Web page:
In a famous scene from American Psycho, pathological investment banker Patrick Bateman shows off his new business card only to be trumped by a colleague's with gorgeously understated typography, raised letters and perfectly off-white stock. The book, made into a movie with Christian Bale, is a bible for psychopathic Wall Streeters. But Prescott Hahn-the fashionista-chasing self-styled hedge fund manager photographed by the New York Post at a douche-dating event-wasn't paying sufficiently close enough attention. We've obtained a copy of the business card he was handing out at this month's Fashion Meets Finance mixer: it exposes him as a conman, and an incompetent one at that!
One Philip Hahn registered for the event. When we emailed, he replied: "Although I was invited to the event, I couldn't go – I'm spending June on my family's ranch in Kenya. Also while the party's idea might be a good one, I've no interest in getting married off to a fashionista so soon….! I haven't a clue who Prescott Hahn is either, no relation."
Funny that, because calls to the numbers on Prescott Hahn's card went through to one Philip Hahn's voicemail. And Philip Hahn confirmed by he was indeed the man behind Kensington Square Capital, the same company which Prescott Hahn's card showed he represented. Liar!
"Yes I run a hedge fund, regrettably a small one but a very young one," said Philip Hahn. "Started it when I was 26, am now 27." It must be very small indeed. We can find no record of its existence beyond a rudimentary one-page website. It appears to be hosted at a sketchy investment management firm called W.D. Witter. When we called, a nervous British man put us through to Hahn; and then changed the story to say he was in a meeting. (Incidentally, an "analyst" claiming to work for Kensington Square Capital also registered for the Fashion Meets Finance mixer, as did someone working for W.D. Witter. Good scam, guys.)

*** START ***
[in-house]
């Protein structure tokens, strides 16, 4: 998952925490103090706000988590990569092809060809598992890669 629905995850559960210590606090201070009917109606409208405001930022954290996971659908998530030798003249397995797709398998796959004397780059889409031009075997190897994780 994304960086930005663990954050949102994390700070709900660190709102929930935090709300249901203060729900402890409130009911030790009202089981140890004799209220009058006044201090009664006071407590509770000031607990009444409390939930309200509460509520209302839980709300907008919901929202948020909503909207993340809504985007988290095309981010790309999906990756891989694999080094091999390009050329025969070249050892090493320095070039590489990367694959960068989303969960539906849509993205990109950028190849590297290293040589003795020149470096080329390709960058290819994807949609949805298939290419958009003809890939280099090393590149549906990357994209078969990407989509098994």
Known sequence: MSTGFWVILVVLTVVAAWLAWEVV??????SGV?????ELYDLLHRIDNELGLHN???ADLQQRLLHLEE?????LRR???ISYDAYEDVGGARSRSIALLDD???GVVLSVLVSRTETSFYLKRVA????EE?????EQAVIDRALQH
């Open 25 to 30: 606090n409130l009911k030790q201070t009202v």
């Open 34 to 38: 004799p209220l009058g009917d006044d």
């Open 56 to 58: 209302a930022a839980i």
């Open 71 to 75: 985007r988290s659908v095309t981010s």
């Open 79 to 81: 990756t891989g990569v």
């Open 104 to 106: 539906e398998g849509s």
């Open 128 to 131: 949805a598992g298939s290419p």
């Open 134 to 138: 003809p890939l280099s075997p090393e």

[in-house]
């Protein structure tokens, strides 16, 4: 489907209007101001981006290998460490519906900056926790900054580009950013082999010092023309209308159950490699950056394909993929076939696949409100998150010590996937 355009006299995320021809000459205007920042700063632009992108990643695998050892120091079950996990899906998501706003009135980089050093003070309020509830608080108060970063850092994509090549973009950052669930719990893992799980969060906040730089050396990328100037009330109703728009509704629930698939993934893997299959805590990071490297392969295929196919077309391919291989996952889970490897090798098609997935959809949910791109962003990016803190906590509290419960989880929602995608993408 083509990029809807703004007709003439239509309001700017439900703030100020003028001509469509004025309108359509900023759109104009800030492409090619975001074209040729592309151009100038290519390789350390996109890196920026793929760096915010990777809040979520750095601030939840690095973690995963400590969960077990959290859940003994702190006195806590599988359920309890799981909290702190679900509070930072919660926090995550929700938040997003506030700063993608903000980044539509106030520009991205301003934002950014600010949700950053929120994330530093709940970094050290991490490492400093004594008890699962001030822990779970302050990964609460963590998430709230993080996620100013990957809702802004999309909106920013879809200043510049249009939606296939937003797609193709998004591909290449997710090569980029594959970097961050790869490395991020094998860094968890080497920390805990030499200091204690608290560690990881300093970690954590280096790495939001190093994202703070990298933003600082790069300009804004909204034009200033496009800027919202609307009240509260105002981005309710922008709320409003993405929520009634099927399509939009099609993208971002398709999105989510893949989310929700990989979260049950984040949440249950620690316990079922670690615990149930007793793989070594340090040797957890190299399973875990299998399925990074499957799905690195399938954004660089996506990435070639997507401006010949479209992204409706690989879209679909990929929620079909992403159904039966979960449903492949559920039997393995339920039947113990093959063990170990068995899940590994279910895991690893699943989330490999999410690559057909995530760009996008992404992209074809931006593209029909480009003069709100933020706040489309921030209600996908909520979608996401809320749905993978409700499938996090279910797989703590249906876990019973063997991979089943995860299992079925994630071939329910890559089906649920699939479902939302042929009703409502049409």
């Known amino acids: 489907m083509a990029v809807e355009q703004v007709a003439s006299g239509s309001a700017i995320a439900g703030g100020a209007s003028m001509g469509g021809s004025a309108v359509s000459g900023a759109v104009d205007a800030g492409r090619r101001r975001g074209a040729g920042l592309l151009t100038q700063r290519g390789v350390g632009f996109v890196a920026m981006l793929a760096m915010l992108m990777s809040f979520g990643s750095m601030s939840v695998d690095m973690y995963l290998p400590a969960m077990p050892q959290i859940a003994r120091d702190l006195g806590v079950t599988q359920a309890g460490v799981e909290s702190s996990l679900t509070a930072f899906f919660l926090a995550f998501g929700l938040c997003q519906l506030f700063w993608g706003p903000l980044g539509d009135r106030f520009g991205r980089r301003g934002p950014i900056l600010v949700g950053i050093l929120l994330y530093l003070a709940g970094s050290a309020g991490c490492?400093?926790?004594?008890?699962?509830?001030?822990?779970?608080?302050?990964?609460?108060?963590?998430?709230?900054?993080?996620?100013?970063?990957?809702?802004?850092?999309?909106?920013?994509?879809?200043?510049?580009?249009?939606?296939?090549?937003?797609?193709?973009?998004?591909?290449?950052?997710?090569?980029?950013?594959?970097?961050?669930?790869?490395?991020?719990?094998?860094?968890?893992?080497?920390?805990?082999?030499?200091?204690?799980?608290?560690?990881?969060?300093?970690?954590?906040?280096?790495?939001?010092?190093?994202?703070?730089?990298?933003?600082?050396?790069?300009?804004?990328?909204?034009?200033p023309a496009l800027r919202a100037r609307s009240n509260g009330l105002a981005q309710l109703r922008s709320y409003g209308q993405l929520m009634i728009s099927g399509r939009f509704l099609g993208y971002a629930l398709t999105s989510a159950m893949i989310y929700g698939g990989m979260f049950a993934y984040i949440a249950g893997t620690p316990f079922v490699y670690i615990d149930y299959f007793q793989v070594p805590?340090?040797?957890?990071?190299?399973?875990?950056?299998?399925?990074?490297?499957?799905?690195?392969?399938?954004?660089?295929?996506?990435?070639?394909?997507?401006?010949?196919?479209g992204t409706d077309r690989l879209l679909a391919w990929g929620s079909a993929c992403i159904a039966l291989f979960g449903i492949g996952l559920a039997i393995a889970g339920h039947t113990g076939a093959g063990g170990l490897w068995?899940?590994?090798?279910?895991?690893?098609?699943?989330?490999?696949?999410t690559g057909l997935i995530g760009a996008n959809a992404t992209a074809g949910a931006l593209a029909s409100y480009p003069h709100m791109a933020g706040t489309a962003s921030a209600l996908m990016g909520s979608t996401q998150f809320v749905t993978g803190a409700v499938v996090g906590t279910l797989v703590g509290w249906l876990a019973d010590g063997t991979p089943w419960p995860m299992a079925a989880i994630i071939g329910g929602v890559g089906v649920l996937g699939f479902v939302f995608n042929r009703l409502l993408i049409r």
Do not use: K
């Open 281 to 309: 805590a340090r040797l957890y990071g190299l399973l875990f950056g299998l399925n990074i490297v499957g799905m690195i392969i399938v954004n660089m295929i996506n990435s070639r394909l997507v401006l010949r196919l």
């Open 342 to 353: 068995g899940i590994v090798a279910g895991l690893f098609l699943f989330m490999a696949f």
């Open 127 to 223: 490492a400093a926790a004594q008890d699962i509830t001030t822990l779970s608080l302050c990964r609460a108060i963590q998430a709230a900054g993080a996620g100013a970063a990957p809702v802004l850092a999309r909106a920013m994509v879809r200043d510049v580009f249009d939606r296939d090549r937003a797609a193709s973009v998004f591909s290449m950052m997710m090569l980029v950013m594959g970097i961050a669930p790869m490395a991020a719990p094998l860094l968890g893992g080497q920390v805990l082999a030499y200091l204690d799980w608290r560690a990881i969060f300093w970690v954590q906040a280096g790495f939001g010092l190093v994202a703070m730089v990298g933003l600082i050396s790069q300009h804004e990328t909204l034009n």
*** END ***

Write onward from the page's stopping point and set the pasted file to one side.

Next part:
Let's examine the card itself. It describes Hahn as a "Hedge Fund Manager." How absurd. Real hedge fund managers don't put "hedge fund manager" on their card, just as investment bankers don't put "investment banker." They put something like "Vice President" or "Managing Director." One's name should be in capital letters, as American Psycho makes clear, and certainly not in dated italics, which work only if you're working for an old-school English private bank.
The only element of the business card that's appropriate is Pegasus, the winged horse, a creature as mythological as Prescott Hahn, the hedge fund manager.
There is no listing of Kensington Square Capital in Morningstar's hedge-fund database.
Like the economy, the "hedge-fund guy" scam to attract women and impress people is getting weaker—especially since the credit crunch. The ladies need a man with an income that's more than just fancy gambling!